Evil vs. the Angels of Stony Island
by Jim Heaney

“very soon you’re going to make me a promise, young man.”
“What kind of promise?”
“We’ll talk about it later, but I expect you to make it.”
“But Sister, how can I say I’ll promise if I don’t know what it is?” She just looked at me.
“Okay, I’ll think about it,” I said.
“We’ll make sure you do! And in the meantime, make sure you use your head for something besides a hat rack.” Frankie and I looked at each other, astonished. Sister John had said something funny! On the way inside, I glanced back at Slim, and when our eyes met, I winked at him. Back home, I was pulling weeds out of the hard ground along the fence. My mother called from the back porch to dig down farther so I could pull them out by the roots.
“That way—” I chimed in—“they won’t grow back.” except they did. Joe and I had dug up the entire strip along the back fence the summer before, going deep with a shovel, and the weeds still grew back. Here I was being punished for trying to lie about my grades, but nobody was going to punish my mother for lying about the weeds growing back. My mind drifted back to the refrigerator and the rest of those hot dogs. My mother came out onto the back porch.
“Jimmy, I’m going to Flowers Grocery. Keep an eye on Steve while I’m gone.”
I straightened up and thought about getting another one of those hot dogs, except this time I’d dunk it in mustard. I bounced through the yard, happy my mother would be gone for a while. When she finally left, I pulled my feast from the refrigerator. I dunked the first hot dog straight down the middle of the mustard jar, then slipped it into my mouth. It was gone in three bites. Not bad at all. I reached in the package for another and then another, until there was only one left. I rolled up the almost empty pack, put it back on the refrigerator shelf, and walked into the living room to check on Steve.

TIME PASSED. “How long has it been now?” Tommy asked one afternoon when he stopped by on his way home to supper.
“Two weeks down, four to go.”
“Man, oh man, I’m glad I’m not in your spot.”
“What’s going on in the outside world?” “you’ve been watching Jimmy Cagney movies again,” he laughed. “It’s really all there is to do you know, watch Tv in the inmates’ lounge.” Tommy laughed again.
“That and eating. The coaches are going to put you on the football line instead of playing you in the backfield. They’ll need someone big and fat to take over Ricky’s spot.”
“What high school is he going to go to?” I asked.
“He got a scholarship to play with me at Mendel High.” “Do I really look a lot bigger?” I asked him.
“I’m only kidding. But you better watch it.”
“I’m trying, but I just can’t seem to stop thinking about food.” After Tommy left, I went back inside to watch TV until my mother called us to supper. everyone in the house scrambled. I jumped up from the chair where I was watching TV, my brothers came up from the basement where they were tinkering with a toy train, my father’s recliner popped forward and he walked heavily toward the kitchen. I was seated before anyone else came in, because it was Tuesday, which meant meatloaf and mashed potatoes with gravy. I’d never paid attention before, but by the third week of being grounded, I figured out the menu pattern, which relied heavily on different ways to serve ground beef.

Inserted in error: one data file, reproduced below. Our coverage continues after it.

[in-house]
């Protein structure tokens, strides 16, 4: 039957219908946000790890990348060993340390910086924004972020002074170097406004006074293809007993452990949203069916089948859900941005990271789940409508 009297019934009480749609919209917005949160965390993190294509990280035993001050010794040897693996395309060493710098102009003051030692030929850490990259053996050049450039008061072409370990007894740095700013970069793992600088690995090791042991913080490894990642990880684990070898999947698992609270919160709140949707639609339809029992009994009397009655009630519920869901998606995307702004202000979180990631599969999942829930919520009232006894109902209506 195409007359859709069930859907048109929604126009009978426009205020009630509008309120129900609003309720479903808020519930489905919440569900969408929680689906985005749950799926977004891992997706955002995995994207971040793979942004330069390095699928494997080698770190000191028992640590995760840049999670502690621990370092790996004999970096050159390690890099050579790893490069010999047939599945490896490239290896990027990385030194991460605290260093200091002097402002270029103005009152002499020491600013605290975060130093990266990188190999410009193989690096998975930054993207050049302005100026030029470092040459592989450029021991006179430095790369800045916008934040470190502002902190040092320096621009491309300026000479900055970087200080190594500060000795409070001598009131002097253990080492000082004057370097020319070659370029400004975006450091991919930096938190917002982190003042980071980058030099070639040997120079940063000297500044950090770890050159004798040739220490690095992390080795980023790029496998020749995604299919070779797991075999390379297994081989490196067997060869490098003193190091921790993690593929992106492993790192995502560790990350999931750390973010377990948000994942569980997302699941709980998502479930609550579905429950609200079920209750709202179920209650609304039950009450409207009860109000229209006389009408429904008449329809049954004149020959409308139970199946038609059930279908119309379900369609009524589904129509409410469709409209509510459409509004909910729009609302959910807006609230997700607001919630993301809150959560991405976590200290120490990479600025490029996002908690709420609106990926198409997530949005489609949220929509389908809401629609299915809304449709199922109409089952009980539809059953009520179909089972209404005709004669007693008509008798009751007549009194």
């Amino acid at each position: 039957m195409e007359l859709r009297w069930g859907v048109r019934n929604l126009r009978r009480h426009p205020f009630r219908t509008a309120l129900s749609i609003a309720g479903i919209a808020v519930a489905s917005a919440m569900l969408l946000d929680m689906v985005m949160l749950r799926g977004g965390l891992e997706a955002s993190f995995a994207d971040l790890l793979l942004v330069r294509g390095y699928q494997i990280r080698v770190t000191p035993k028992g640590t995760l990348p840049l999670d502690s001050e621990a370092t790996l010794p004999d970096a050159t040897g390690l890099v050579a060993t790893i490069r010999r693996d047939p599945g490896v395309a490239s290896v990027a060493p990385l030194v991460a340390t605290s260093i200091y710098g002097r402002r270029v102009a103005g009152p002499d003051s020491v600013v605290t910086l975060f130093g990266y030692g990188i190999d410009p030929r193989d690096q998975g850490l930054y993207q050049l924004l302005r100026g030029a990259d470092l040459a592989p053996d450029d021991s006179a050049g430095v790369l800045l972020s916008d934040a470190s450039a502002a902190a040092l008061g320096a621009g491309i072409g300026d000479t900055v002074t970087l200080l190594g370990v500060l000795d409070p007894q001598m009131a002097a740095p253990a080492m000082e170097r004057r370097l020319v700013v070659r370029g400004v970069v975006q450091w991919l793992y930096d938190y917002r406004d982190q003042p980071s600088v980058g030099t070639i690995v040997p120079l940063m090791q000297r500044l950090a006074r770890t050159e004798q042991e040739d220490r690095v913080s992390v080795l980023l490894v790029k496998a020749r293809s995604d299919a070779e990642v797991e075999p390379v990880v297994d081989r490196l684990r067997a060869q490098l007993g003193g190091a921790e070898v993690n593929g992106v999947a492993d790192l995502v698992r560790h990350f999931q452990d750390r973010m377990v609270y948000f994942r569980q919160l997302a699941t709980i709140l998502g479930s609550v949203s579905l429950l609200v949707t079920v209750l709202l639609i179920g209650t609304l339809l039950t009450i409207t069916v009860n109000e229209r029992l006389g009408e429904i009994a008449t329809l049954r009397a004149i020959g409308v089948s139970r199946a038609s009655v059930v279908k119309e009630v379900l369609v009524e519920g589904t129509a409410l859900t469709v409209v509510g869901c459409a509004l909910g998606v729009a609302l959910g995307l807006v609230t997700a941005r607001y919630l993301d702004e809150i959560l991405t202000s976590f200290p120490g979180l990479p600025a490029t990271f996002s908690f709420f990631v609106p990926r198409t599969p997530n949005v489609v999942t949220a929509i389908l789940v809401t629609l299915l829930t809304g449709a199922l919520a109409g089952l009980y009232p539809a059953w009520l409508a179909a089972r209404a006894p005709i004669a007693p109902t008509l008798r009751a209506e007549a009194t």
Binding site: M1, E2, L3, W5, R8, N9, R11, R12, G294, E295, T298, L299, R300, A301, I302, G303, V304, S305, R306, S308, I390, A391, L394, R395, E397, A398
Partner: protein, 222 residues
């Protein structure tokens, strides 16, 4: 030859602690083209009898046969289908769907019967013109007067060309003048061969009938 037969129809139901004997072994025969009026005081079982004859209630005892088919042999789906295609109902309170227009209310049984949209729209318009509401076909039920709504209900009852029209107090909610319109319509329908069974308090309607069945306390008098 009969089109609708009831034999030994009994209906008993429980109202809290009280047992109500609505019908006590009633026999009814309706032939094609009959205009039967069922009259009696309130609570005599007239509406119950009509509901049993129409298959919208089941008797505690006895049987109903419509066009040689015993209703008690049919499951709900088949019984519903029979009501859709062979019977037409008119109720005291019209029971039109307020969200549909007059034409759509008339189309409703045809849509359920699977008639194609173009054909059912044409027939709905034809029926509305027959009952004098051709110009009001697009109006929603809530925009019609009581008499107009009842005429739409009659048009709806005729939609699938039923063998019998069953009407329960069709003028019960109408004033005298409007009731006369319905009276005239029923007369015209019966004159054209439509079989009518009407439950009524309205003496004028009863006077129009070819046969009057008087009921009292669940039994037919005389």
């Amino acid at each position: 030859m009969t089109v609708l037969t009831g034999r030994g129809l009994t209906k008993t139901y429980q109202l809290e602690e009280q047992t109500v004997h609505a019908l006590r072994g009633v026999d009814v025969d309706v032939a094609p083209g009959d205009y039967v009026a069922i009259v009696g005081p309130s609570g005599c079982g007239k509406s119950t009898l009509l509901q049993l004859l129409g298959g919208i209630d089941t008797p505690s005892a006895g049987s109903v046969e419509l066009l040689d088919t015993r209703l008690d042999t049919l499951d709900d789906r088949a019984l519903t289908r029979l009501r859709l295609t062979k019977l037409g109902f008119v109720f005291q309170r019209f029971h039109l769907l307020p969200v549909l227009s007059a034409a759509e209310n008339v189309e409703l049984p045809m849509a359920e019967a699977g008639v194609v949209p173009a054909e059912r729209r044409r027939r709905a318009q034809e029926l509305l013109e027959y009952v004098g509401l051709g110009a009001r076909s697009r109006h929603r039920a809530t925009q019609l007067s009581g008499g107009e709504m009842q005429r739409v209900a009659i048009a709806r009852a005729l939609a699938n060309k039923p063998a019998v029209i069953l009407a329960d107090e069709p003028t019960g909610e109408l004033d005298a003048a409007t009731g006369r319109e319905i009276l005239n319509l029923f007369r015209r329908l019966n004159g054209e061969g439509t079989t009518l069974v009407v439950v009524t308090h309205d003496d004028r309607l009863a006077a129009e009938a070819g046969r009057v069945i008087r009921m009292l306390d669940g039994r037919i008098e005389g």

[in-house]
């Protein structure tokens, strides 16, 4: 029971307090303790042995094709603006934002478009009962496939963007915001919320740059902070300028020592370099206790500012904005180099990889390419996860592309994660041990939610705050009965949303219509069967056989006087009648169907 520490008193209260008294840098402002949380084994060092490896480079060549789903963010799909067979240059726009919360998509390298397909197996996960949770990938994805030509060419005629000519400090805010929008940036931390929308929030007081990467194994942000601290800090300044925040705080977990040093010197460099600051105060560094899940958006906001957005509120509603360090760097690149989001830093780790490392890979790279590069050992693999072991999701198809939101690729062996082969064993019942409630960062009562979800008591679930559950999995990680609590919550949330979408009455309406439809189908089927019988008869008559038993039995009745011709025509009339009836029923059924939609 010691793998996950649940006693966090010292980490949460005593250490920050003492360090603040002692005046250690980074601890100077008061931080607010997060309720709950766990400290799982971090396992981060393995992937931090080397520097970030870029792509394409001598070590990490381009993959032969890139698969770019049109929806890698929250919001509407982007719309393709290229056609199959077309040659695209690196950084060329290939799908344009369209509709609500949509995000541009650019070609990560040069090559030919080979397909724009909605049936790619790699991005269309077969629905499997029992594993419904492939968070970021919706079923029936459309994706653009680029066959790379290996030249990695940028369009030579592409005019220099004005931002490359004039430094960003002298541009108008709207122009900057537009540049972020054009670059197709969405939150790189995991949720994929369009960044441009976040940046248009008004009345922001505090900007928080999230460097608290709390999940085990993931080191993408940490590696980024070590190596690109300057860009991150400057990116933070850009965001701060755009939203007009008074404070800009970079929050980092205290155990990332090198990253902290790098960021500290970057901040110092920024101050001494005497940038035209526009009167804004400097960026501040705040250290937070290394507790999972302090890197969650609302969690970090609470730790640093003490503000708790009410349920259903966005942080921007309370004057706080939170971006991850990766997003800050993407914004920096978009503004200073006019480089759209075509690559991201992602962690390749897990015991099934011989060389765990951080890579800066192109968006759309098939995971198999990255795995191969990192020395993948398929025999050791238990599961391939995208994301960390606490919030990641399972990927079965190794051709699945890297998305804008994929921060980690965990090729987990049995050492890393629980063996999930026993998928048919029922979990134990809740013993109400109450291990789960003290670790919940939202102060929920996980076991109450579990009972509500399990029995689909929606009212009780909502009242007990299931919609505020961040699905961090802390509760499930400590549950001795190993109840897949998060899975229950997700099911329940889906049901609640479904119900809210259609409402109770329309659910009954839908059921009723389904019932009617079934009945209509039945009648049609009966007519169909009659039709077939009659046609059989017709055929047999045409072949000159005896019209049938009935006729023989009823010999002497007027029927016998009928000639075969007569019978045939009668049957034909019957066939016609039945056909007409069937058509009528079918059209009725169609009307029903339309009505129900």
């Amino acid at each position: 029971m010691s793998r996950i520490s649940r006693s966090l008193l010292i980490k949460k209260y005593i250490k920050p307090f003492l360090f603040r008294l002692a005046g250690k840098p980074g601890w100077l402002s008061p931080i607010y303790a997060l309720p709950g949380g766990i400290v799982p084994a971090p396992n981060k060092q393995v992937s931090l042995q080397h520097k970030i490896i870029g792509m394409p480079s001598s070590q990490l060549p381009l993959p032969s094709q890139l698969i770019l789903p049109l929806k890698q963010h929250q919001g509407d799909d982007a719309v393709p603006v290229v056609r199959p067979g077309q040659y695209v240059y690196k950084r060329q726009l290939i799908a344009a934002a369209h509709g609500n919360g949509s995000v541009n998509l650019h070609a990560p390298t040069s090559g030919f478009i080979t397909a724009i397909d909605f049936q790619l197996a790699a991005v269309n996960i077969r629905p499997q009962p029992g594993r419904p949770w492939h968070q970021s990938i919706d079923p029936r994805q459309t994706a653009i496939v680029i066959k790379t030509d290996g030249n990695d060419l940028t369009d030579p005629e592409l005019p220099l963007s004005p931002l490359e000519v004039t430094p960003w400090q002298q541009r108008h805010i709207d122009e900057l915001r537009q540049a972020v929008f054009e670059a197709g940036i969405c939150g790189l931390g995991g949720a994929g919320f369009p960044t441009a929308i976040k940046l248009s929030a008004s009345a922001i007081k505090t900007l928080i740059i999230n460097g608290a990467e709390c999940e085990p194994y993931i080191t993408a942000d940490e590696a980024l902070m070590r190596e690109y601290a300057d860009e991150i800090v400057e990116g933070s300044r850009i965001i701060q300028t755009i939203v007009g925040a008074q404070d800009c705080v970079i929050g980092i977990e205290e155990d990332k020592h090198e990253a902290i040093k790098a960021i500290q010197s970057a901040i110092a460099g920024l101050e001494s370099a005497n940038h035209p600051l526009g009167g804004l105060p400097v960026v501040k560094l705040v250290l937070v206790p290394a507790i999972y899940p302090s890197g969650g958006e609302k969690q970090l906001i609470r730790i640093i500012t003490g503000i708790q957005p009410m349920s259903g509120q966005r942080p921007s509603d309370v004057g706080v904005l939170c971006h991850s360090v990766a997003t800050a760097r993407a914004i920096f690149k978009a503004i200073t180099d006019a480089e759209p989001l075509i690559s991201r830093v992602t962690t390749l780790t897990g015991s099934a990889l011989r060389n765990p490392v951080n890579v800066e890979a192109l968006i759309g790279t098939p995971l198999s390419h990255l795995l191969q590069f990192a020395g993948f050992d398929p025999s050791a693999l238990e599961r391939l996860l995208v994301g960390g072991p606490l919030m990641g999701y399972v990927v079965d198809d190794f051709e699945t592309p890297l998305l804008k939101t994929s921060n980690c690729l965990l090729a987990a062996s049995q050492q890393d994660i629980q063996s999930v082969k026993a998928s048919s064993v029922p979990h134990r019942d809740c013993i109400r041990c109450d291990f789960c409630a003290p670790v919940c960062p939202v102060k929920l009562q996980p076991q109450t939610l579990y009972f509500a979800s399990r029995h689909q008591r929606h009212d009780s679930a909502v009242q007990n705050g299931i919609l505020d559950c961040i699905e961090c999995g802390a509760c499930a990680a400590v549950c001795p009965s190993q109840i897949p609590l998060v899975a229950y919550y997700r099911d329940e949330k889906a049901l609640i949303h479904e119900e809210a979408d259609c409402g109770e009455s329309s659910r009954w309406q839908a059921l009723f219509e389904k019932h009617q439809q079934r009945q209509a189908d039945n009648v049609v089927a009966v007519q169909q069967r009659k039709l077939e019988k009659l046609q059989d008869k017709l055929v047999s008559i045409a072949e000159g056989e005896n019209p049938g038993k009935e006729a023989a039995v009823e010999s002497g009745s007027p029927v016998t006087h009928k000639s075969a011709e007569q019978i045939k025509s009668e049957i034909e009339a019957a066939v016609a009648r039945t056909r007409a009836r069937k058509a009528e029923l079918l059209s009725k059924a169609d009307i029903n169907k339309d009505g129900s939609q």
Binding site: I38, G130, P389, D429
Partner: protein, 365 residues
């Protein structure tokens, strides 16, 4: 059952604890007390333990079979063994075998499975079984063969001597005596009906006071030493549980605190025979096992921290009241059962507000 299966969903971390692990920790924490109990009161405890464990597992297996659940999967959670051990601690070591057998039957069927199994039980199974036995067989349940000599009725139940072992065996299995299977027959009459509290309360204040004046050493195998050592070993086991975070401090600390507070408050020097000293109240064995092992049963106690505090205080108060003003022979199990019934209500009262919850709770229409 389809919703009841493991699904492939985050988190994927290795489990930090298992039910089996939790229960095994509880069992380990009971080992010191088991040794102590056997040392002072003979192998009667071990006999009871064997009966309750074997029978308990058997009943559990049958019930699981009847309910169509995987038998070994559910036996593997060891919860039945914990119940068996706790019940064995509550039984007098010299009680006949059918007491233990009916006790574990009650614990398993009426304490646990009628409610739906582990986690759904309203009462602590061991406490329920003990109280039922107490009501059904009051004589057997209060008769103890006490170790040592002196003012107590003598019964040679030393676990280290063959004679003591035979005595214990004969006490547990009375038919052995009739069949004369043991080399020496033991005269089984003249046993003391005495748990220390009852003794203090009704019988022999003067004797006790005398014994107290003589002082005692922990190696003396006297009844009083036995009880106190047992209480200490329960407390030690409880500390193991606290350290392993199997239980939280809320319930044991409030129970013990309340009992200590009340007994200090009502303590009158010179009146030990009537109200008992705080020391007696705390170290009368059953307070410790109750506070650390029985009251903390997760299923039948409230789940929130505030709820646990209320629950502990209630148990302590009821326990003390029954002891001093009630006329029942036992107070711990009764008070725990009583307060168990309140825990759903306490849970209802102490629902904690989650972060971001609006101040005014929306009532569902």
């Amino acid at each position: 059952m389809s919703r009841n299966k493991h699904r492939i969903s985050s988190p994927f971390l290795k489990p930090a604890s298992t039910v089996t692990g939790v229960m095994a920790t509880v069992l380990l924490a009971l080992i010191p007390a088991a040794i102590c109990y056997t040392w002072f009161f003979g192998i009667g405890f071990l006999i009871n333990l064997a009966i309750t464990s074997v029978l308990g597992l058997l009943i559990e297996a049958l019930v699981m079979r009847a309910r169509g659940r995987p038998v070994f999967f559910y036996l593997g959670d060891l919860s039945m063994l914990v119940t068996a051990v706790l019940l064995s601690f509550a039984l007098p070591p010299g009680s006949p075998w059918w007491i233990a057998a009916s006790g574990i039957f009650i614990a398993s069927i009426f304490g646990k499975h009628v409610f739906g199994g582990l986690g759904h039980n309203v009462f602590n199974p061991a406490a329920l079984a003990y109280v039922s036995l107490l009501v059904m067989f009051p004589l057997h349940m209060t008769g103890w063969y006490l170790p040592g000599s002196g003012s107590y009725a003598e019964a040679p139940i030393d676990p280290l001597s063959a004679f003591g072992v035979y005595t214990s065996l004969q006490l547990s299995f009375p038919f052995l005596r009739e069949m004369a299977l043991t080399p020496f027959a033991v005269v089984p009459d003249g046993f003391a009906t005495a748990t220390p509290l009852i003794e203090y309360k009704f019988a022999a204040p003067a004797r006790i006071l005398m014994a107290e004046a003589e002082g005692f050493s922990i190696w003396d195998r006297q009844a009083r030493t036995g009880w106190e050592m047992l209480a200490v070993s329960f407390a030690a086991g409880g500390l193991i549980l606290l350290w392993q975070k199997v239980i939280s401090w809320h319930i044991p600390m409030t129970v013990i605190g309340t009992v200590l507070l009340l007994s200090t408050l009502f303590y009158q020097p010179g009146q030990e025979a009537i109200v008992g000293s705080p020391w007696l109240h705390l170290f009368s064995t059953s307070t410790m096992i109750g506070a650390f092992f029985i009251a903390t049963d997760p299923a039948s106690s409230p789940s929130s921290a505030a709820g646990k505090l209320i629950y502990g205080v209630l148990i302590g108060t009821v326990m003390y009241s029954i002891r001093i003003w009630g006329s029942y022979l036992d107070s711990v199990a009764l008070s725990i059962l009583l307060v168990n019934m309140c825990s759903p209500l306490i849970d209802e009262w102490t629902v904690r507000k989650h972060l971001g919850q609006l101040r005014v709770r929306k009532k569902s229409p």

Monday was spaghetti; Tuesday, meatloaf; Wednesday, hamburger patties with mashed potatoes; Thursday, hamburgers with pork and beans; Friday, tuna fish with noodles; Saturday, hamburgers; and Sunday, chicken.
Conversation was not a priority at our table. Nobody ever said much beyond “Pass the salt” or “Can I have a piece of bread?”
As usual, my mother was well on her way to being drunk, and Dad was quiet. I knew not to say a word, just eat and get out of that room. From time to time, I glanced at the meatloaf on the counter to see if there would be any leftovers to sneak tomorrow. My father got up for another slice of meatloaf. He stood between me and the counter, and I couldn’t see how much he was cutting. As he returned to the table, my heart sank. He’d taken the last slice. It was going to be a long, boring Wednesday.
After dinner, I watched for what seemed like forever as my mother cleared the table and my father finished his coffee. We always had to wait for him to finish his coffee before we had dessert, which was usually one scoop of ice cream per person. As soon as my father was halfway through his coffee, Mom took the ice cream out of the freezer. I watched as she opened the carton. A new container? Good! I’d sneak some of that tomorrow. My mother told my father that I would be baby sitting for Mary Kay and Steve the next day, because she had to go to a funeral. even better! While she was at the funeral, I’d be feasting on ice cream. After dinner we all left the table and dispersed around the house. Joe and Johnny ran back downstairs to play with the train and I went out to the front porch to wait for Billy, who’d come by every evening since I’d been grounded.

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